It was a beautiful and sad day to hike up into the area for the last time this year. I can't wait to see what the cameras capture through winter.



Big Black Bear Track in snow

Track from the large black bear.

3 shot group of 243 WSSM 105 A-Max

The 105 A-Max is shooting well just an inch and a half high and a little to the right at 100 yards. Given I dialed up an inch to take the 199 yeard shot at the coyote I was around three inches high at 199 yards... just maybe enough to contribute to my missed shot.

Mountain Lion killed mule deer fawn

It appeared that a mountain lion killed this fawn within the last couple days. Notice how all the white hair under it's chin is matted and twisted. It looks like a cougar may have had a hold of this fawn's face.

Bear track in the snow

More of the large black bear's tracks in the snow.

2013 Prairie Dog Hunting — Setting Up a Vortex Viper Scope

Vortex Viper Model 1885 Talley One Piece Base 243 WSSM Rifle

Sighting in my Model 1885 in 243 WSSM with the new Talley one piece base. Talley's new one piece base is pretty sweet. It is much better that the dovetail turn-in style that has been the only option. I do think Talley should rethink their rings as they take a little too long to get the scope mounted level.

Find more information on setting up Model 1885 rifles with bases and rings.

The Vortex Viper scope wasn't too bad either. It's my first Vortex rifle scope to try out.

The three teenagers setup shooting prairie dogs.

The three young men setup blasting away at the prairie dogs.

With me working so much on getting the Pack Wheel game cart ready to sell last year Dallen and I missed out on going prairie dog hunting. This year Dallen has been reminding me over and over that we missed last year and that we need to go shoot some Prairie Dogs. I wonder if he likes going. :) It is a lot of fun spending time with your son shooting a lot of rounds with high powered rifles I must admit.

This year Dallen invited two of his good friends to come along for the fireworks show. Unfortunately we picking the windiest day ever to go. On our first setup early in the morning I just setup the tripod with a spotting scope and the wind blew it over into the dirt. Luckily the scope was fine just a little dusty, however I put the scope up for the rest of the day fearing it would get damaged. There is always a strong wind in Wyoming but we usually are able to get a couple hours of shooting in before the wind starts roaring but not on this day.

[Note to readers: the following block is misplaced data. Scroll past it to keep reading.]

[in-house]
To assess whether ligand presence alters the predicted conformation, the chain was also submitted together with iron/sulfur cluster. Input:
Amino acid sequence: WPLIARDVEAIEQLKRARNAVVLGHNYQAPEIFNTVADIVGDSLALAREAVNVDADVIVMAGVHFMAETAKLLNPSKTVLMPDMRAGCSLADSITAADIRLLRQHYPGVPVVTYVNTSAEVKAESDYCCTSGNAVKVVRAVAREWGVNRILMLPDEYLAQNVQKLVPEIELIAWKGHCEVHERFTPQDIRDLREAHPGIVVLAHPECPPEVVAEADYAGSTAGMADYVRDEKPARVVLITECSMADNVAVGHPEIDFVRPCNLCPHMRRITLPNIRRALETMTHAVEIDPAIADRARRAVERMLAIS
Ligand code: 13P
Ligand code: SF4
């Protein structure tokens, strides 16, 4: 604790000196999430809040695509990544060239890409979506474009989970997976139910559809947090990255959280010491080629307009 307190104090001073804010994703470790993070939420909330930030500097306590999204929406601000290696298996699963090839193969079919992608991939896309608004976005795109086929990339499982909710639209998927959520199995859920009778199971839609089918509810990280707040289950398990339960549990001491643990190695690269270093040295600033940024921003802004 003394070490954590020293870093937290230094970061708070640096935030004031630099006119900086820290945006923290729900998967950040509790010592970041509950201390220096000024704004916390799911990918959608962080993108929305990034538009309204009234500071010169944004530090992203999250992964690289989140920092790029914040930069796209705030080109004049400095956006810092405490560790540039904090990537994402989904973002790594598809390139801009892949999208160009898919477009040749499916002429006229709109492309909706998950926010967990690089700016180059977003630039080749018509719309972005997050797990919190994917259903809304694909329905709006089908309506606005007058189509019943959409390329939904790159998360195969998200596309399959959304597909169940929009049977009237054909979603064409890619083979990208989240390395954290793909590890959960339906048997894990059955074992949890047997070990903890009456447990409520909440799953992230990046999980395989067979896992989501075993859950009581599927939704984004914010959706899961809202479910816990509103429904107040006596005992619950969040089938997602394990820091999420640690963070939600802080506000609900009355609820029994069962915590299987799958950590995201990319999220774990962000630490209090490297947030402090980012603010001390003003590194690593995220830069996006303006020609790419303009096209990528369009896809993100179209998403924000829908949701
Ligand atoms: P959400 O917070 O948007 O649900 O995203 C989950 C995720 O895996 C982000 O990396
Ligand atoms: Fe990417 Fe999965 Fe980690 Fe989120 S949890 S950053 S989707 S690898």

I setup the camera as best as I could to take some video of the boys shooting. With the wind it was very difficult to keep the camera from shaking uncontrollably. I tried to set the camera up directly behind the Expedition as best as possible trying to keep it out of the wind but it helped little.

There appeared to be a good number of dogs this year. Thanks to the wind there were still a good number of dogs when we left. The area was the driest I have ever seen it. It could definitely use some good rain storms this summer. The dust was really bad especially combined with the extreme wind.

On one of our setups as I was watching and spotting for the boys I noticed a good sized prairie dog that was hiding in the sage brush nearly out of view. After many numerous attempts to show the boys where it was none of the boys could ever see it, so I put the camera on the spot and bumped them off the bench. You can see the shot in the video below. I was using the same 95 Gr. Berger VLD load and Model 1885 rifle that I used to take my cow elk back in January this year. I have changed out the bases, rings and rifle scope to a Vortex Viper since my cow elk hunt. The shot was my first to two shots I think I took for the day.

Below are a couple of the better shots that we were able to get on camera. It took some editing in Adobe After Effects to get the video somewhat stable to be able to watch.

Panorama of Western Wyoming prairie dog hunting

Panorama of the area in Western Wyoming where we go hunting prairie dogs.